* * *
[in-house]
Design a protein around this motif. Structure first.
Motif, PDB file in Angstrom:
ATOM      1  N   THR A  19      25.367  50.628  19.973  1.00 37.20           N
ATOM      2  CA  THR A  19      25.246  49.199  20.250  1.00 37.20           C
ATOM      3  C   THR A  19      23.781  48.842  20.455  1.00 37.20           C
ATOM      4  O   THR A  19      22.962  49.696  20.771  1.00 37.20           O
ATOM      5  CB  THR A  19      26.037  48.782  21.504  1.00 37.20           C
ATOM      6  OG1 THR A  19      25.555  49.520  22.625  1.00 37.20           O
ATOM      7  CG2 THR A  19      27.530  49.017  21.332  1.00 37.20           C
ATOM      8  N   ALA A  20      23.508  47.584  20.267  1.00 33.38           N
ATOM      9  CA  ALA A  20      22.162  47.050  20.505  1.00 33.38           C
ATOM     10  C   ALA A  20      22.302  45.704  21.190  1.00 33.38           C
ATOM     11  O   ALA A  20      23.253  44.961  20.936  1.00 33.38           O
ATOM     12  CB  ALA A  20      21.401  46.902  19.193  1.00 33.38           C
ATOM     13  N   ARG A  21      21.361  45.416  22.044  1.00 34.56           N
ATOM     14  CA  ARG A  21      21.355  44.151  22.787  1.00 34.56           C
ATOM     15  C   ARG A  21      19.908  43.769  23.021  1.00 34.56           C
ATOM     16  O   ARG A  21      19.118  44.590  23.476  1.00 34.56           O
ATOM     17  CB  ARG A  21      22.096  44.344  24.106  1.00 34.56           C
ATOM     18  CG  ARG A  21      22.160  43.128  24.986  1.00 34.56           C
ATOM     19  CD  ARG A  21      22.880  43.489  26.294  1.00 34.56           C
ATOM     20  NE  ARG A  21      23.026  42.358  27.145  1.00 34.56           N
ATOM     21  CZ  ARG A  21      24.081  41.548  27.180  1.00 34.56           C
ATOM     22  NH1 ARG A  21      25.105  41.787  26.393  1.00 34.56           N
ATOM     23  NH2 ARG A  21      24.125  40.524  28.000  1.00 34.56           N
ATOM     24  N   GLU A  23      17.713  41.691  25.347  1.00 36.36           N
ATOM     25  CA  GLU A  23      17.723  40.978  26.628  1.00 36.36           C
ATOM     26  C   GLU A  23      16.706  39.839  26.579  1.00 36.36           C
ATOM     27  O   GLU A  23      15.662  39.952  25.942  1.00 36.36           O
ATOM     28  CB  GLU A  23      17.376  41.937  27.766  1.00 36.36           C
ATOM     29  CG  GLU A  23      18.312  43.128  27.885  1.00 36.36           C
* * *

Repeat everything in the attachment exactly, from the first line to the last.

[in-house]
Design a protein around this motif. Structure first.
Motif, PDB file in Angstrom:
ATOM      1  N   THR A  19      25.367  50.628  19.973  1.00 37.20           N
ATOM      2  CA  THR A  19      25.246  49.199  20.250  1.00 37.20           C
ATOM      3  C   THR A  19      23.781  48.842  20.455  1.00 37.20           C
ATOM      4  O   THR A  19      22.962  49.696  20.771  1.00 37.20           O
ATOM      5  CB  THR A  19      26.037  48.782  21.504  1.00 37.20           C
ATOM      6  OG1 THR A  19      25.555  49.520  22.625  1.00 37.20           O
ATOM      7  CG2 THR A  19      27.530  49.017  21.332  1.00 37.20           C
ATOM      8  N   ALA A  20      23.508  47.584  20.267  1.00 33.38           N
ATOM      9  CA  ALA A  20      22.162  47.050  20.505  1.00 33.38           C
ATOM     10  C   ALA A  20      22.302  45.704  21.190  1.00 33.38           C
ATOM     11  O   ALA A  20      23.253  44.961  20.936  1.00 33.38           O
ATOM     12  CB  ALA A  20      21.401  46.902  19.193  1.00 33.38           C
ATOM     13  N   ARG A  21      21.361  45.416  22.044  1.00 34.56           N
ATOM     14  CA  ARG A  21      21.355  44.151  22.787  1.00 34.56           C
ATOM     15  C   ARG A  21      19.908  43.769  23.021  1.00 34.56           C
ATOM     16  O   ARG A  21      19.118  44.590  23.476  1.00 34.56           O
ATOM     17  CB  ARG A  21      22.096  44.344  24.106  1.00 34.56           C
ATOM     18  CG  ARG A  21      22.160  43.128  24.986  1.00 34.56           C
ATOM     19  CD  ARG A  21      22.880  43.489  26.294  1.00 34.56           C
ATOM     20  NE  ARG A  21      23.026  42.358  27.145  1.00 34.56           N
ATOM     21  CZ  ARG A  21      24.081  41.548  27.180  1.00 34.56           C
ATOM     22  NH1 ARG A  21      25.105  41.787  26.393  1.00 34.56           N
ATOM     23  NH2 ARG A  21      24.125  40.524  28.000  1.00 34.56           N
ATOM     24  N   GLU A  23      17.713  41.691  25.347  1.00 36.36           N
ATOM     25  CA  GLU A  23      17.723  40.978  26.628  1.00 36.36           C
ATOM     26  C   GLU A  23      16.706  39.839  26.579  1.00 36.36           C
ATOM     27  O   GLU A  23      15.662  39.952  25.942  1.00 36.36           O
ATOM     28  CB  GLU A  23      17.376  41.937  27.766  1.00 36.36           C
ATOM     29  CG  GLU A  23      18.312  43.128  27.885  1.00 36.36           C